For the past two decades, it has been the Internet’s never-ending story. Established, successful businesses face Internet upstarts who leverage the advantages of a global network and new communications technology to offer better prices, more choice or innovative services.
In the 1990s, it was online retailers such as Amazon, who presented more selection at lower prices than most bookstores could offer. In the 2000s, Wikipedia brought the decades-old encyclopedia business to an end, online music services provided greater convenience than conventional record stores, and Internet telephony technologies used by companies like Skype changed the rules of international voice and video calls. Today, services such as Uber, AirBnB, and Netflix have upended the taxi, hotel, and broadcast worlds.
My weekly technology law column (Toronto Star version, homepage version) notes that in these David vs. Goliath type battles, the established businesses don’t quietly fade away. Using their remaining influence, they often look to laws and regulations that increase costs, prohibit activities, restrict consumers, or regulate pricing to create barriers for the new entrants.
For example, Amazon was initially prohibited from operating in Canada as opponents cited restrictions on the foreign ownership of booksellers. The company proceeded to launch here in 2002 without a physical presence (using Canada Post for order fulfillment) and only formally entered the country over the objection of the Canadian Bookseller Association in 2010.
Similarly, the Canadian Radio-television and Telecommunications Commission tried to regulate the pricing of Internet telephone services in Canada in 2005 before the federal government overruled it on the issue.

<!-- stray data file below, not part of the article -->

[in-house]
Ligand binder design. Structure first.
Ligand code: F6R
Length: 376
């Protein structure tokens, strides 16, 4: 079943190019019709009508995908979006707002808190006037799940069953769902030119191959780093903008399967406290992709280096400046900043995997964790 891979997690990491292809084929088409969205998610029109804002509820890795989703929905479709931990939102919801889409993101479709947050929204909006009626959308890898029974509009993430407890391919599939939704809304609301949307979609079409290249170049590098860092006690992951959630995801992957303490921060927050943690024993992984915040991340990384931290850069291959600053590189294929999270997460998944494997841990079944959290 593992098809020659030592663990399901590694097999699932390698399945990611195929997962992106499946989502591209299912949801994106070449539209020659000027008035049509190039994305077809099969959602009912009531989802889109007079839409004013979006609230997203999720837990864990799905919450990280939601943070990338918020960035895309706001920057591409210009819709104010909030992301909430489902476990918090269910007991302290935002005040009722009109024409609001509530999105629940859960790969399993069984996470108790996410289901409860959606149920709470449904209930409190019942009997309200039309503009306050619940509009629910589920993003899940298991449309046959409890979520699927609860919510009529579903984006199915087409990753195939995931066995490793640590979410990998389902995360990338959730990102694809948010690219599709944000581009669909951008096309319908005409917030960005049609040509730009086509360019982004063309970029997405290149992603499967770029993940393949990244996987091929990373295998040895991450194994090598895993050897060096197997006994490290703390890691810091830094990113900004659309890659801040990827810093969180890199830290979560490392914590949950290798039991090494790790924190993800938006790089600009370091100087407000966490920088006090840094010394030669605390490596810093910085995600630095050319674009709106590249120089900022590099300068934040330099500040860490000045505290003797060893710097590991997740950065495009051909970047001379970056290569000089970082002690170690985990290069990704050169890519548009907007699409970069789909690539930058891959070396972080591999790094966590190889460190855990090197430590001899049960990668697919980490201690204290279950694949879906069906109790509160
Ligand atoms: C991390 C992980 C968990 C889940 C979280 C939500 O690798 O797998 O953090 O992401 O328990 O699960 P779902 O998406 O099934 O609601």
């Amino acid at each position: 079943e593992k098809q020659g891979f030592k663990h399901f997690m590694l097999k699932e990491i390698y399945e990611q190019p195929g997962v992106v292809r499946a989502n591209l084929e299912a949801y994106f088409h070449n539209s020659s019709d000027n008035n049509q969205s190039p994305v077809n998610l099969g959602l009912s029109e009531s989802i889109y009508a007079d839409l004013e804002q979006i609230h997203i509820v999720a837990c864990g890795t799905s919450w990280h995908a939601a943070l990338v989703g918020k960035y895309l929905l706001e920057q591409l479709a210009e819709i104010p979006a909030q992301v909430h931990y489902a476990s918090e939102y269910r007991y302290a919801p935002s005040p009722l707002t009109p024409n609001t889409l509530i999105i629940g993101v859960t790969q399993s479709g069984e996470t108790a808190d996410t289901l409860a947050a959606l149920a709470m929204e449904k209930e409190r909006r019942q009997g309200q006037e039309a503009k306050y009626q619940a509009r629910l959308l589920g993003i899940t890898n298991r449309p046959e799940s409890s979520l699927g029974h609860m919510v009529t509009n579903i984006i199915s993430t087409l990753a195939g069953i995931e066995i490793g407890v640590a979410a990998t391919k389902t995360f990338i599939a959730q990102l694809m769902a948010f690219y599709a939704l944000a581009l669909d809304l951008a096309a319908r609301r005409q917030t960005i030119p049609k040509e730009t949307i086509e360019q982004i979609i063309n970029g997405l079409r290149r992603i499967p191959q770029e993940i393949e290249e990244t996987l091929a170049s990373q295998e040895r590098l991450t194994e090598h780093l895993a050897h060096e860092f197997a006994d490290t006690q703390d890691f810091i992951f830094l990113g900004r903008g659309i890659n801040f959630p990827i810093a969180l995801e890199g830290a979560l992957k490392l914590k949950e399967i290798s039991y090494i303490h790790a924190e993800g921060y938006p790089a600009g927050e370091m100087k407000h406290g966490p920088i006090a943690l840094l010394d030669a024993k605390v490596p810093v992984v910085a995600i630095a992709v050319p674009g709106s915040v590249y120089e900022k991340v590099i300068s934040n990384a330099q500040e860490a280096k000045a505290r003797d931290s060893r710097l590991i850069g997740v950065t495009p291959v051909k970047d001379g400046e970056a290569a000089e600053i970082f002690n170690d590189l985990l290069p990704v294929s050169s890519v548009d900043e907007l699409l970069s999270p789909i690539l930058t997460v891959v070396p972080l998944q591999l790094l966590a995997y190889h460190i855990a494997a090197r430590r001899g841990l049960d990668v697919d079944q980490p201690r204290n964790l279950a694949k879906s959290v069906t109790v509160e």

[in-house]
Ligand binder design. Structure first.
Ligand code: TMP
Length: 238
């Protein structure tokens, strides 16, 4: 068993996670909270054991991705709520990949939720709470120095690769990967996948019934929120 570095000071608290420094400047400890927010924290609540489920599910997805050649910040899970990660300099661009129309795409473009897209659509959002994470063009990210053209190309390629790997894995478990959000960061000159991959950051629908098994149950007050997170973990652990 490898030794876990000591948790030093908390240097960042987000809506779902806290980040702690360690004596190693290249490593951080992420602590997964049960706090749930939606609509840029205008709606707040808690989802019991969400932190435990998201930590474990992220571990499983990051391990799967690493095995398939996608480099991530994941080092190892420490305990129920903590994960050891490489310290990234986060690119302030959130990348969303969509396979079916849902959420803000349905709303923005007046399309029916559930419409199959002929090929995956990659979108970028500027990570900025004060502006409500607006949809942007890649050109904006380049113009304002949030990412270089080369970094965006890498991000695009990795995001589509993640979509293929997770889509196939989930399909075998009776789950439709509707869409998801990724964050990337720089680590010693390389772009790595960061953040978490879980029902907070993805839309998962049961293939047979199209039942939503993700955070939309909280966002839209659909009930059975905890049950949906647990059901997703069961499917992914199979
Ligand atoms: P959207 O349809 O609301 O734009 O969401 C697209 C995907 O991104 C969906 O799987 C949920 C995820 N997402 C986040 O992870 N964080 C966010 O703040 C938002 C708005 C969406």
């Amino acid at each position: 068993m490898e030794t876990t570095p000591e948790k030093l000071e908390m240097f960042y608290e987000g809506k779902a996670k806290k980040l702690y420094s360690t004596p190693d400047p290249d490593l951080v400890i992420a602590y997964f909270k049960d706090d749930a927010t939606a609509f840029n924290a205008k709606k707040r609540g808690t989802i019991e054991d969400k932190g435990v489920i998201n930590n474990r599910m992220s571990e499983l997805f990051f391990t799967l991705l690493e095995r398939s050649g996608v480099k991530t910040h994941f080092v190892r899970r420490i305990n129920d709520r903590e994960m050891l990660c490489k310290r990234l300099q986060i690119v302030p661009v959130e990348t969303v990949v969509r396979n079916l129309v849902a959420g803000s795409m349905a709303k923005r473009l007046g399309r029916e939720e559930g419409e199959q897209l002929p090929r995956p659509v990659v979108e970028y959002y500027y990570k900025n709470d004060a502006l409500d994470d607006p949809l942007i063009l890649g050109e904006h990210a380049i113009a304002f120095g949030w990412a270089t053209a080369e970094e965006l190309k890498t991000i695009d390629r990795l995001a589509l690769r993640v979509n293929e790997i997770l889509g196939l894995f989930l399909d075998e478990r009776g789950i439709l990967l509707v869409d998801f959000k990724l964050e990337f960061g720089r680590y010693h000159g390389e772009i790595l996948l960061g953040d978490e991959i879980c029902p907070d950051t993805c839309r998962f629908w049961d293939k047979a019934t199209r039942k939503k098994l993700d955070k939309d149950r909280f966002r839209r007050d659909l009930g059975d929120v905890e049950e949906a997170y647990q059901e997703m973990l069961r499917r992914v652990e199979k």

Given that history, the current fight against Uber, the popular app-based car service, should come as little surprise. The battle is being waged in city halls around the world as the established businesses lobby for regulations that would either block the service or require price controls to increase costs.
When faced with similar demands, some governments have tried to block the new competitors altogether through website blocking (Quebec plans to block access to online gambling sites in order to protect its licensed service) or restrictions on using new technologies (recent calls from companies to address the use of virtual private networks to stop access to U.S. Netflix). Those efforts are not only destined to fail, but they also create significant restrictions on Charter of Rights protected freedoms.
Governments that resist lobbying pressures remember that the public interest should sit at the heart of any regulatory reform. In many instances, that means getting out of the way as new competition often means better prices and more choice for consumers.
In other cases, governments will need to ensure that established businesses do not wield their existing market power in an anti-competitive manner. For example, net neutrality rules that stop telecom companies from granting themselves undue preferences give new competitors a fighting chance in the market.
Too many times, though, the public interest is cast aside in favour of rules that hamstring new competitors and cost consumers. From copyright reforms that blocked online video retransmitter iCraveTV from operating in Canada nearly 15 years ago to continued calls for Canadian content requirements and fees on online video services such as Netflix, the goal is too often to use law to stop or stall new Internet-enabled competition.
That is the Internet’s never-ending story. As officials across the country face demands to regulate or ban Uber, they should remember that the goal of regulation is not to sustain existing businesses, but rather to act in the public interest. In the case of taxi services, safety-related rules such as mandated insurance, road-appropriate vehicles, and GPS capability meets that criteria.
Regulating pricing, banning services, or requiring costly licenses surely does not.